• 2 eggs
  • ¼ cup of sugar (or sugar substitute)
  • 1 ½ cups milk


  1. In a large bowl mix together the flour, baking powder, baking soda, and salt in a large bowl. In a separate medium-sized bowl, whisk together the eggs and sugar, and add most of the milk.
  2. Make a well in the dry ingredients which help you blend in the wet. Pour in the milk egg mixture. Whisk until smooth, adding more milk until the mixture is thin enough to pour, but won’t run.
  3. Prepare a griddle or cast iron pan with a little oil or butter, spread with a paper towel. Heat to medium high.
  4. Drop scones are meant to be smaller than pancakes. Use a tablespoon to drop heaping spoonfuls of batter on the griddle to form pancakes.
  5. When bubbles start to appear on the surface (after 2 to 3 minutes), use a spatula to flip the pancakes over. Cook for another minute, until lightly browned.
  6. Remove to a plate and cover with a clean tea towel to keep warm while you cook the rest of the drop scones.
  7. Serve with butter, jam, or golden syrup.

Start your holiday gift lists

Gift ideas for your Downton fan. Click on the icons to take you to Amazon to order in time for the holidays.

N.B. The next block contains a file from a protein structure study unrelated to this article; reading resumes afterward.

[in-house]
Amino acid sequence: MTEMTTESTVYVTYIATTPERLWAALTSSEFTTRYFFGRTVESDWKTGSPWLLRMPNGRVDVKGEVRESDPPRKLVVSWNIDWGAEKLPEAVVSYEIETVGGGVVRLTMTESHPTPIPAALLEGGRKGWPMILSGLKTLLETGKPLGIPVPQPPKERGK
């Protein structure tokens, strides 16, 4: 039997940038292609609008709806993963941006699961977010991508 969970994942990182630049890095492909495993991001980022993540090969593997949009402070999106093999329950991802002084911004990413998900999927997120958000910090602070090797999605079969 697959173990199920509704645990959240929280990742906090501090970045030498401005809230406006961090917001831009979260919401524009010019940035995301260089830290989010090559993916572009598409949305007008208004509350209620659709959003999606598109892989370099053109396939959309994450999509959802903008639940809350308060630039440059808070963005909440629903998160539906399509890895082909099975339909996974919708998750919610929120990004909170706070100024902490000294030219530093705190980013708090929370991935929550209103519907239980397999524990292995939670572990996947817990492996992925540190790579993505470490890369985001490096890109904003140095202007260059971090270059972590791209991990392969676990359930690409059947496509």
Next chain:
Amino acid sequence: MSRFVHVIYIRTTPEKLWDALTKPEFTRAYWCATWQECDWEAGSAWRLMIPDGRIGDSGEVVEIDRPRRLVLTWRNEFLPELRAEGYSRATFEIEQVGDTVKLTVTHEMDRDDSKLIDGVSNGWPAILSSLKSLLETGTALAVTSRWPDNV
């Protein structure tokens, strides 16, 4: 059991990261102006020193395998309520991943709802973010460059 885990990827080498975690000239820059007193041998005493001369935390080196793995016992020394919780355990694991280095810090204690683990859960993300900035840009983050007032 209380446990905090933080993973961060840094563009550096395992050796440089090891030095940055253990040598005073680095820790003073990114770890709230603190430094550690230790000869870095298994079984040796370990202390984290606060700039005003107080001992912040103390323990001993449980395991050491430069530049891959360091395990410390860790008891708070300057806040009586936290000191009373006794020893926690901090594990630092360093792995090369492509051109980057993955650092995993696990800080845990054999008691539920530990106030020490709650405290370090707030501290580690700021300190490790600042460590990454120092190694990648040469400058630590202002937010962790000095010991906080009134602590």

More fruitcake on hand for another wedding at Downton (ITV)

Another Downton Day in America.  This week’s episode S3E3 (E1 & E2 were shown on Masterpiece last week) of Downton Abbey led us on an emotional roller coaster.  First it was happy days for fans as Edith’s wedding was sure to be more fun than Mary’s and perhaps we would actually see a wedding reception this time around.  Meanwhile, Downton was in ruin and the Crawleys were sent off searching for a new home.  In the end, the tables are turned:  wedding goes down in flames, while Daisy saves the day  by remembering that Lavinia had given her a letter to post explaining to her father that Matthew belonged to Mary and not her. I am still not quite sure how or why one would write a letter like that, or how Reggie managed to have amassed a fortune while Lavinia went under cover for Sir Richard to clear a huge debt that he held over her father.  Regardless, Matthew can now claim the fortune to help save the day.